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9 tips for designing smart watch appsBy
By Will Hacker
Smart watches offer a promising new customer touch point for retailers and financial services companies, but any successful effort to use them in your business will depend strongly on having a laser focus on the simplicity and utility of your application’s design.
Smart watches such as the Apple Watch or Motorola’s Moto 360 are growing in use, although they have a long way to go before they catch up to the penetration level of smartphones.
Still, International Data Corporation (IDC) recently forecast 34.3 million smart watches will ship in 2016, a number it estimates will grow to 88.3 million by 2019, as consumers become more comfortable with the technology.
Here are a few things to keep in mind when creating apps for smart watches:
Ergonomics: Just because a watch does not have to be retrieved from a pocket or bag does not mean it is easier to use. Users have to lift their arm and rotate their wrist just to view a watch.
If the user has to interact with an app, she has to reach across her body with her other arm. These can be tiring physical movements if they have to be done for more than a few seconds.
When designing apps for smart watches, you have to test them on real devices to see what is the physical cost of any given interaction.
Follow platform design guidelines: The creators of Android Wear and Apple’s watchOS have well-documented user interface and interaction design patterns.
Remember your goal is to have a well-functioning and easy-to-use app, so help your users by leveraging design and interaction conventions that they already recognize.
Gestures: You should strive to use simple and memorable gestures in smart watch apps. Lean heavily on the gestures already built into the watch’s operating system since users will be familiar with these from other apps.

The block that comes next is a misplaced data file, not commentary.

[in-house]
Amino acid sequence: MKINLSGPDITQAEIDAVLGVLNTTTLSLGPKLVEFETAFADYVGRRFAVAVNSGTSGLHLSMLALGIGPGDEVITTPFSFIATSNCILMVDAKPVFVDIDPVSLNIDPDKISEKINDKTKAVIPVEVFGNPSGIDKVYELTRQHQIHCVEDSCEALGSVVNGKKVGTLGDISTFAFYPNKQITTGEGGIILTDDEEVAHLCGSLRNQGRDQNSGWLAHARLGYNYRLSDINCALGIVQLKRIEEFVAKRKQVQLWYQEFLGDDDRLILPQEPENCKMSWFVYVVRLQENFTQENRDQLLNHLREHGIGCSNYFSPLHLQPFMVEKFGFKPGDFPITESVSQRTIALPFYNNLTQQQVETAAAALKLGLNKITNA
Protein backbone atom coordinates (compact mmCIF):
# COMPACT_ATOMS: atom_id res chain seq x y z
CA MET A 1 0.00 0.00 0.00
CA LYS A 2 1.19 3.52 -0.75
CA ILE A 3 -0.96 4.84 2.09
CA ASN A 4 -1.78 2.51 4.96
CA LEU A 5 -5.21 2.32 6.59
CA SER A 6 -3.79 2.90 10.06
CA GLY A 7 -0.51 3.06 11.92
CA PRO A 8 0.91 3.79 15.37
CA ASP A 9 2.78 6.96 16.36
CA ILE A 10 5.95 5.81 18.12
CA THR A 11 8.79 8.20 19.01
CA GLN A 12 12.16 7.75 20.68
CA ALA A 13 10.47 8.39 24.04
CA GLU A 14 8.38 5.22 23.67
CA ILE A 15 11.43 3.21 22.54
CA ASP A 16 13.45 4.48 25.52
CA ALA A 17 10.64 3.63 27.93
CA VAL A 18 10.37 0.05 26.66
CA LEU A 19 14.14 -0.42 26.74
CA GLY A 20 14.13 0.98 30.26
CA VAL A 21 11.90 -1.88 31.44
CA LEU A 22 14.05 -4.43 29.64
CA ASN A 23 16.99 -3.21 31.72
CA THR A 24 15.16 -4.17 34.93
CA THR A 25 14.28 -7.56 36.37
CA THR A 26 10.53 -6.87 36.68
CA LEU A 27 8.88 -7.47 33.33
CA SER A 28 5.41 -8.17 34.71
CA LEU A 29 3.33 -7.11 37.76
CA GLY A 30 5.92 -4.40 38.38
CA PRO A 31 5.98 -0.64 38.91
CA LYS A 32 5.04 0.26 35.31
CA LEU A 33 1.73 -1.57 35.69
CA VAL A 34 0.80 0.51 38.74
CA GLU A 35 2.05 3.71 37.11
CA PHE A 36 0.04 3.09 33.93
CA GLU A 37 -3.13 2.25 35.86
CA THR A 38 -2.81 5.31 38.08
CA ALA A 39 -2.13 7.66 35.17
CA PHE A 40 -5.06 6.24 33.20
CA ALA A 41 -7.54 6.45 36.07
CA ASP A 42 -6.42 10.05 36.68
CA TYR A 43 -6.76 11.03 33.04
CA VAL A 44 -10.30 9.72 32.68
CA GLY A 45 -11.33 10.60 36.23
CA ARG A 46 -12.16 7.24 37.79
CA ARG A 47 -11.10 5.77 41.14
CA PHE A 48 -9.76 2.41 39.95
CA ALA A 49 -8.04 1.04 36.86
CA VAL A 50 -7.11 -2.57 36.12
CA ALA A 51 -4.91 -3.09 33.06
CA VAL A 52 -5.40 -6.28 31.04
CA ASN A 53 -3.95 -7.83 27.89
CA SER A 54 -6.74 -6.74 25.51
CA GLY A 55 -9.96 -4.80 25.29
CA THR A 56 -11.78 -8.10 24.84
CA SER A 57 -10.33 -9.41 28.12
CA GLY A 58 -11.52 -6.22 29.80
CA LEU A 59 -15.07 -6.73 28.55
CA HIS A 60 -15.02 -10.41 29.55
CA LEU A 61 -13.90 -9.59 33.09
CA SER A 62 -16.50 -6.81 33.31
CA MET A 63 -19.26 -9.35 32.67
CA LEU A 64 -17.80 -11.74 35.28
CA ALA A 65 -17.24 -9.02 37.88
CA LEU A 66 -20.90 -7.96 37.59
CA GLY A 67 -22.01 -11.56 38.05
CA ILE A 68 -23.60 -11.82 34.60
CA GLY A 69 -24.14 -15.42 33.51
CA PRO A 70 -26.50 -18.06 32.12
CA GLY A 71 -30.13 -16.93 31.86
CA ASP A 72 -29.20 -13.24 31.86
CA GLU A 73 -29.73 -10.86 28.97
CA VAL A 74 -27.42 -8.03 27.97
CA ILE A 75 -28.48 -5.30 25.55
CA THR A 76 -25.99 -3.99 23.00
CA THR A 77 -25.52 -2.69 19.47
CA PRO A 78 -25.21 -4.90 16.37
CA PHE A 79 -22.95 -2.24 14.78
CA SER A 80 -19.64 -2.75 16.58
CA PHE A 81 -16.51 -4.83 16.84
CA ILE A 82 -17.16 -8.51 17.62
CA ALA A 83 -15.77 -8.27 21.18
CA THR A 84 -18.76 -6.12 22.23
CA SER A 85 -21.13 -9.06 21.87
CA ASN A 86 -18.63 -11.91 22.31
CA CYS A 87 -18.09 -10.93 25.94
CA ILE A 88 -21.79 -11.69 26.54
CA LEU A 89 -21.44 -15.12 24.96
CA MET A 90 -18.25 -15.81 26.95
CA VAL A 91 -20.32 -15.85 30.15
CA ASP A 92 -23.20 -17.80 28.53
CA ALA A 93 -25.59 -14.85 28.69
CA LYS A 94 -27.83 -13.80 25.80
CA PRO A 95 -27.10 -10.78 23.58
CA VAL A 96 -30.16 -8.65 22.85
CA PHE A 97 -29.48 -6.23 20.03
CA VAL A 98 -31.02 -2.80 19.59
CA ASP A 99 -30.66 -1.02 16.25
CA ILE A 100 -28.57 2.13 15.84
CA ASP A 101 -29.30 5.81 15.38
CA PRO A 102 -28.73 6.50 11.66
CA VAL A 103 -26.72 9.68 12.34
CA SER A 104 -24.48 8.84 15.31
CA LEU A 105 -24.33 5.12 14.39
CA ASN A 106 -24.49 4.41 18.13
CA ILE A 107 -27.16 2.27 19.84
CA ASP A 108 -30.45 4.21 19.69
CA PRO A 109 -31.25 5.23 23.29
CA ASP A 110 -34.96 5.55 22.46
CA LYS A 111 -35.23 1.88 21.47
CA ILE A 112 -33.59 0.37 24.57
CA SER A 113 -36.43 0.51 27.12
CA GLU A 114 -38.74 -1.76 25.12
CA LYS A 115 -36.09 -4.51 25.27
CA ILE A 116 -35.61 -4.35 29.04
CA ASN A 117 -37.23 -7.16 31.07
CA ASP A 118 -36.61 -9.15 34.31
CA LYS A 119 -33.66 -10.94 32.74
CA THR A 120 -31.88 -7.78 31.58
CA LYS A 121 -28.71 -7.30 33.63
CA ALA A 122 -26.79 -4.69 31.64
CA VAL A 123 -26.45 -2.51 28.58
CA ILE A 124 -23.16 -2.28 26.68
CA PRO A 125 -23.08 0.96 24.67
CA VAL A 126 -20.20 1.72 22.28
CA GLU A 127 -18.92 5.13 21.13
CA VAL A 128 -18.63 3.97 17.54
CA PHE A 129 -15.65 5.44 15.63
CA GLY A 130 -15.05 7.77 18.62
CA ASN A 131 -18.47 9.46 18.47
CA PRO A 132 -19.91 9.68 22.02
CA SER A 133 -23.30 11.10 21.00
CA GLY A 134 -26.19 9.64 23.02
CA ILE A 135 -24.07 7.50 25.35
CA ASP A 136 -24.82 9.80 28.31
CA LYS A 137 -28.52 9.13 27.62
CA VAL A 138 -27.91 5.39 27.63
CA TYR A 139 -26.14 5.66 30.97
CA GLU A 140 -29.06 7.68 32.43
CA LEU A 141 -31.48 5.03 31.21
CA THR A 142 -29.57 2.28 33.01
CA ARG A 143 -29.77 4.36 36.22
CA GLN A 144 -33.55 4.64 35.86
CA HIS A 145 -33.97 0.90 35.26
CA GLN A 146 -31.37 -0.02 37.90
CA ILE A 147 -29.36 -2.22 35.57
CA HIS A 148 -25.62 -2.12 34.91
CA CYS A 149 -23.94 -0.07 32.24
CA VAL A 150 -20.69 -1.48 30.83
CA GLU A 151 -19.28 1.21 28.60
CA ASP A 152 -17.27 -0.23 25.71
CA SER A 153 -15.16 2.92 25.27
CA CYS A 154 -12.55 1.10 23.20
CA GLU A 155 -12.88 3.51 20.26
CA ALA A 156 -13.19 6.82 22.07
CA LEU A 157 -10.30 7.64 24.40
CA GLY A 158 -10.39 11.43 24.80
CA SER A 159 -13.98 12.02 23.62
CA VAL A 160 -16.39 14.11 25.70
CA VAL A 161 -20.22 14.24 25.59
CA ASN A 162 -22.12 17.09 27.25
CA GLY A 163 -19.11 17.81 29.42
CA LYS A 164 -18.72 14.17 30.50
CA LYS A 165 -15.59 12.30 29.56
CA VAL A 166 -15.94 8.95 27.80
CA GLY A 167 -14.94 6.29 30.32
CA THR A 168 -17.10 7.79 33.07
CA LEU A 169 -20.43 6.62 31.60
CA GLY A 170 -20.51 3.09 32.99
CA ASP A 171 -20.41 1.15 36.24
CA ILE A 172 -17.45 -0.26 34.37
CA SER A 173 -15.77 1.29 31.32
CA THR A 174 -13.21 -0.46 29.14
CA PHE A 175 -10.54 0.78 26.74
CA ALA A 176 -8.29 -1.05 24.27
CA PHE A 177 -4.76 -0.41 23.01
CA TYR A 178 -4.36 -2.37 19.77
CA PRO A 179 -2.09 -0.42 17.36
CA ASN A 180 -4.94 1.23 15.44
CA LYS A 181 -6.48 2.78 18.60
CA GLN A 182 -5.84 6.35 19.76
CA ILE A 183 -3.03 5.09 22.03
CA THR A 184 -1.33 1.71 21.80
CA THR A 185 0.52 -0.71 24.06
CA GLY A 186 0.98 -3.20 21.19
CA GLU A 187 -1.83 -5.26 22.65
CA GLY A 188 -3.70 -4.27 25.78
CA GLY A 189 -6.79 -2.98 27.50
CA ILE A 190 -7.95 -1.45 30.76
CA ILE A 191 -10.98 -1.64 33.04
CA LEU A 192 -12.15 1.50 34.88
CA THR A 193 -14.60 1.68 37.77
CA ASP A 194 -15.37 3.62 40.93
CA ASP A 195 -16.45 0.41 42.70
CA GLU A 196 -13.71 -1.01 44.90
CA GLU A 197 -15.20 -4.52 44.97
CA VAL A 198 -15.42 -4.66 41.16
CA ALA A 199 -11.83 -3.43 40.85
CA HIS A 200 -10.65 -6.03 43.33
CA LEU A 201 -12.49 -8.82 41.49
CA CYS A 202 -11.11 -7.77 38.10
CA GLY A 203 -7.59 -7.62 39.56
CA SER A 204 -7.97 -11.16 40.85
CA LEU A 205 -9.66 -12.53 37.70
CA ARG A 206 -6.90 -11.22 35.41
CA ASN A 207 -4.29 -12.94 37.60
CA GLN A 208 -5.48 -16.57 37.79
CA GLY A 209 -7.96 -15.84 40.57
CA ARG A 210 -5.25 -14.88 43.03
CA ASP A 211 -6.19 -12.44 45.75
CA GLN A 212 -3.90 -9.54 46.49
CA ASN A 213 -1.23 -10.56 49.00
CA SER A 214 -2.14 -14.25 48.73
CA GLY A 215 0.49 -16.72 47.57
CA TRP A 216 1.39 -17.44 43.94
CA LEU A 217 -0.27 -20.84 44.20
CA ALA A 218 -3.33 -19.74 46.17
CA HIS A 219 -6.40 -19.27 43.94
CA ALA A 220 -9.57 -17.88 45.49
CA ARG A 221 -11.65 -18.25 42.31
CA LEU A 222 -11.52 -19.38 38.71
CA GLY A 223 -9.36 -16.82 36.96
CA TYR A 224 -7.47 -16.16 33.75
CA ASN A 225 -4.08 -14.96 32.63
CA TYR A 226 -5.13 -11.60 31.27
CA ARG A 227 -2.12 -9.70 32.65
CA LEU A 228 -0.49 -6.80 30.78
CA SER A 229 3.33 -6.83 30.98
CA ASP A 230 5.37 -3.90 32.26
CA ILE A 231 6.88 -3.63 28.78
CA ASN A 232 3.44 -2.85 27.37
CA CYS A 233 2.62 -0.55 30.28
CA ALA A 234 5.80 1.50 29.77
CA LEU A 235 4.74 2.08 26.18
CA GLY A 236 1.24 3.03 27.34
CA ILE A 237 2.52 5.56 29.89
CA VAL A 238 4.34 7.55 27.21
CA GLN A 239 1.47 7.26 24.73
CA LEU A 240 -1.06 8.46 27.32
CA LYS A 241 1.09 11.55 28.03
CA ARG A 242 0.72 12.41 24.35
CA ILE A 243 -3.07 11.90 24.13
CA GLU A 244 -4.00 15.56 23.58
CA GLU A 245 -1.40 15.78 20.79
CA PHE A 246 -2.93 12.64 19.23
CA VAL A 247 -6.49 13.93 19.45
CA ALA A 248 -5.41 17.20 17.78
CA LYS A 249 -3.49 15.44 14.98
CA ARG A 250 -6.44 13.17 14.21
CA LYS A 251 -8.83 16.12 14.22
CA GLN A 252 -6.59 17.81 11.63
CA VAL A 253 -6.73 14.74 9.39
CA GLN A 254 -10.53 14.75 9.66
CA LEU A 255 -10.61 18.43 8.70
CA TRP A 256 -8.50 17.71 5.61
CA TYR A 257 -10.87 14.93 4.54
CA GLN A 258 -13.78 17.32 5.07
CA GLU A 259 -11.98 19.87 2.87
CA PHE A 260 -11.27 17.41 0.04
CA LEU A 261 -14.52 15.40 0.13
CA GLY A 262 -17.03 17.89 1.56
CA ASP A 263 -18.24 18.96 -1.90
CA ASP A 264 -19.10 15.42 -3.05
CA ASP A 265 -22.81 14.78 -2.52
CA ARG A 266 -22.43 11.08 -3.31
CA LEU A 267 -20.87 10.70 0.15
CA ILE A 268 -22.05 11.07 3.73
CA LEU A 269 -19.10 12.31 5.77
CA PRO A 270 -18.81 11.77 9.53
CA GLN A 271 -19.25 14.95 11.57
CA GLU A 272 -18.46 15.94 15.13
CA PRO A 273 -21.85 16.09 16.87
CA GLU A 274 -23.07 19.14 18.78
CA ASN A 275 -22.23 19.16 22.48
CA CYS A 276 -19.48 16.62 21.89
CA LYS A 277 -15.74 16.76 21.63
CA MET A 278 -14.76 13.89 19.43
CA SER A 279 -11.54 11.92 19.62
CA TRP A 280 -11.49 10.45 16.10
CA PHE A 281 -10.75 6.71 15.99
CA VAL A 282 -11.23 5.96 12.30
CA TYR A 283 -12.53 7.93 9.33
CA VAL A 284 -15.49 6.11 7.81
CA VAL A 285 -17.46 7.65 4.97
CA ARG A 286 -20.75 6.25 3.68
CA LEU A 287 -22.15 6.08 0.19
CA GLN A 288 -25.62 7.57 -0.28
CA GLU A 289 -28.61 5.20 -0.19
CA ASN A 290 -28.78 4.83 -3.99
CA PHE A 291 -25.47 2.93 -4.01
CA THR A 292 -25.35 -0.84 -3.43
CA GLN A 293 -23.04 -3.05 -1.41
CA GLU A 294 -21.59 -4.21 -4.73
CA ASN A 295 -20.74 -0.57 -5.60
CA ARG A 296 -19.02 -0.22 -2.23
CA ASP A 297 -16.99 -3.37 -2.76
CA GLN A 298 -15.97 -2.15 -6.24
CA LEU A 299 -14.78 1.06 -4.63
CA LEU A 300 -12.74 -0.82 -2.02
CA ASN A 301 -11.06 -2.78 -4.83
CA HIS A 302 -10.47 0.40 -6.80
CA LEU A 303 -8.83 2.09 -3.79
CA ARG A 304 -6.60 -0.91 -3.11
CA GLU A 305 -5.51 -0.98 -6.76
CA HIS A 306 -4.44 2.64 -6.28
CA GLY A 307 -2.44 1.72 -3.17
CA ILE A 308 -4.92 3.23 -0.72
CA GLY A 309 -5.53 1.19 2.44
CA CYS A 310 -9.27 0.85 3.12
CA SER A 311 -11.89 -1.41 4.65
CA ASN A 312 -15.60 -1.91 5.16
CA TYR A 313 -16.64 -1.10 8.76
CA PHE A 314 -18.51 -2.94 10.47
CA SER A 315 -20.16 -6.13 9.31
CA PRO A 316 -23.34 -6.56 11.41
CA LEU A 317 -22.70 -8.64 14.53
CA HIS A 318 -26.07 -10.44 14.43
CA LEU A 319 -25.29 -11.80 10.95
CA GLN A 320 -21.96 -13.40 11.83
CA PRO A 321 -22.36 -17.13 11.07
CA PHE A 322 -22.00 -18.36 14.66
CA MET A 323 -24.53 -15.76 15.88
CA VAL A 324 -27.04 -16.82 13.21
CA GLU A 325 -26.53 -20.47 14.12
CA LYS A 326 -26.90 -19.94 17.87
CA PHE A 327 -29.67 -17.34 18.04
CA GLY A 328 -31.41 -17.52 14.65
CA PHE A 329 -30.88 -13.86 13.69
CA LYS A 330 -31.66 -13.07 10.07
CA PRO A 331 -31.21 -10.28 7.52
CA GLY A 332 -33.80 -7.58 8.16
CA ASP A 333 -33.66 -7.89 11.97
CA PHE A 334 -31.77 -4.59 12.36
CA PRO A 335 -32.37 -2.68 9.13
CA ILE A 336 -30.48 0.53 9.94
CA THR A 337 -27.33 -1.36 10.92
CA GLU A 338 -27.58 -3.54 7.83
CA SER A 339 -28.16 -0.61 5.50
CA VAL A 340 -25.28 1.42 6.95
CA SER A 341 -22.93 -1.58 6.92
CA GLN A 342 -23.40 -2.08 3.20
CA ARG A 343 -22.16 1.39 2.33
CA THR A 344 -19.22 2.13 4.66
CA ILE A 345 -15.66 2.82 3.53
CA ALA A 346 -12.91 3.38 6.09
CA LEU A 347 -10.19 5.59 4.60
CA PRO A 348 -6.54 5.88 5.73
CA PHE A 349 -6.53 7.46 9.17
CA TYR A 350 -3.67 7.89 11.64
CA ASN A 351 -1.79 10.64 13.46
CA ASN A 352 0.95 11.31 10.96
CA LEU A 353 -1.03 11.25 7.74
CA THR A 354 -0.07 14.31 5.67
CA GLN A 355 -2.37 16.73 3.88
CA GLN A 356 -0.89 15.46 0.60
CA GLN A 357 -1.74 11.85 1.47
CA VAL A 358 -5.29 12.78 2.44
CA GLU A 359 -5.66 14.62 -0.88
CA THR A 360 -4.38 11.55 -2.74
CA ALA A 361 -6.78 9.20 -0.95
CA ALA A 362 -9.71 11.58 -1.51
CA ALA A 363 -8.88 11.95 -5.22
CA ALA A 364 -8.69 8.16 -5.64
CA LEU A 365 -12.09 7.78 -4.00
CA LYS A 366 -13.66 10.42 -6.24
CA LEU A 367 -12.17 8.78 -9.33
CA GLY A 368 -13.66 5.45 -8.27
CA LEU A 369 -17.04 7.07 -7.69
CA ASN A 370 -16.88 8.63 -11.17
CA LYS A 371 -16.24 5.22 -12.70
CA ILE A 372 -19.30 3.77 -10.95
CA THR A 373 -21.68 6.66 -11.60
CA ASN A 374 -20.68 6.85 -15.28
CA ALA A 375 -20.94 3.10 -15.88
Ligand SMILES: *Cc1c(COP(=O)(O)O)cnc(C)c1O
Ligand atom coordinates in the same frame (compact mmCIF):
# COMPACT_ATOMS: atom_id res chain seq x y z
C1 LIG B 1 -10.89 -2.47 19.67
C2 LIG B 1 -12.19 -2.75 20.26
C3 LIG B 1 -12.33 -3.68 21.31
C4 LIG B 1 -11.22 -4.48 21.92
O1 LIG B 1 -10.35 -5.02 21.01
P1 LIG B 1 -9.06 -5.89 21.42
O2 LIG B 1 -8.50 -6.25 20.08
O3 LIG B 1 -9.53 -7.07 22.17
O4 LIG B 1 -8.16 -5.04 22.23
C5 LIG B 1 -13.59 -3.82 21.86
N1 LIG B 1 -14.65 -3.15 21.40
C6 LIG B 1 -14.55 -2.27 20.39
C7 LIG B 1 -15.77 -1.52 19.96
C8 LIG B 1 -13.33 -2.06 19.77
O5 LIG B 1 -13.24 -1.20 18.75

While creating new and novel gestures can make an app more engaging on a smartphone, a watch’s form factor requires simplicity and memorability more than anything else.
Embrace error recovery: If your app allows users to delete something, make sure there is an easy way for them to recover from any mistakes.
It is too easy to accidentally brush a watch screen and delete an alert that the user may really need.
The undo function in Google’s Gmail for desktop and smartphones is a good example of allowing users to quickly recover from an error. But you will have to use your judgment in implementing error recovery because too many cancels are just as bad as none.
Make content scannable: Only display content that can be read and understood in a few seconds.
Content that takes longer to process and act on can trigger some of the ergonomic problems mentioned above.
Consider standalone functionality: If a watch app is paired to a smartphone app that offers features such as redeeming rewards points or making mobile payments, those should be fully supported on the watch app.
Imagine a customer’s frustration if she gets a watch alert in a geofenced retail location that tells her that she has to pull out the phone to redeem points, scan coupons or make purchases.
If the only point of an app is to display messages or alerts, display all the content on the watch. Do not tease the user and make her dig out the phone to view the complete message.
As smart watches become more standalone in the future with independent Wi-Fi capabilities or data plans, this approach to feature design will be essential to successful apps.
Do not think of a watch as a small smartphone: While it is important to make watch experiences as complete as possible, do not make the mistake of trying to reproduce all the functionality of your smartphone app on a smaller screen.
Keep your use cases simple and focused. Otherwise, you will just frustrate your users and they may just delete your app.
Be judicious in using alerts: Because most smart watches use vibrations or tones as a primary way of attracting users’ attention, be thoughtful in how often you want to alert them.
Some consumers may be OK with getting alerts for every Facebook message they receive, but they may not want that same frequency from your app.
If possible, enable settings that allow the user to control which alerts go to their phone and which ones go to their wrist.
Be cautious with inputs: Filling out forms is bad enough on smartphones, but it is a nightmare on a watch. Limit input to taps, gestures, preset responses and voice input.
For use cases where typing is required, such as logging into a banking app to approve a payment, shift that part of the interaction to the smartphone.
WE ARE JUST at the starting point of the smart watch revolution and will likely learn a lot more about what works and what does not in app design in the years to come.
Hopefully these tips give you a starting point for your exploration of this exciting new device category.
Will Hacker is manager of interaction design at Cars.com, Chicago. Reach him at email@example.com.
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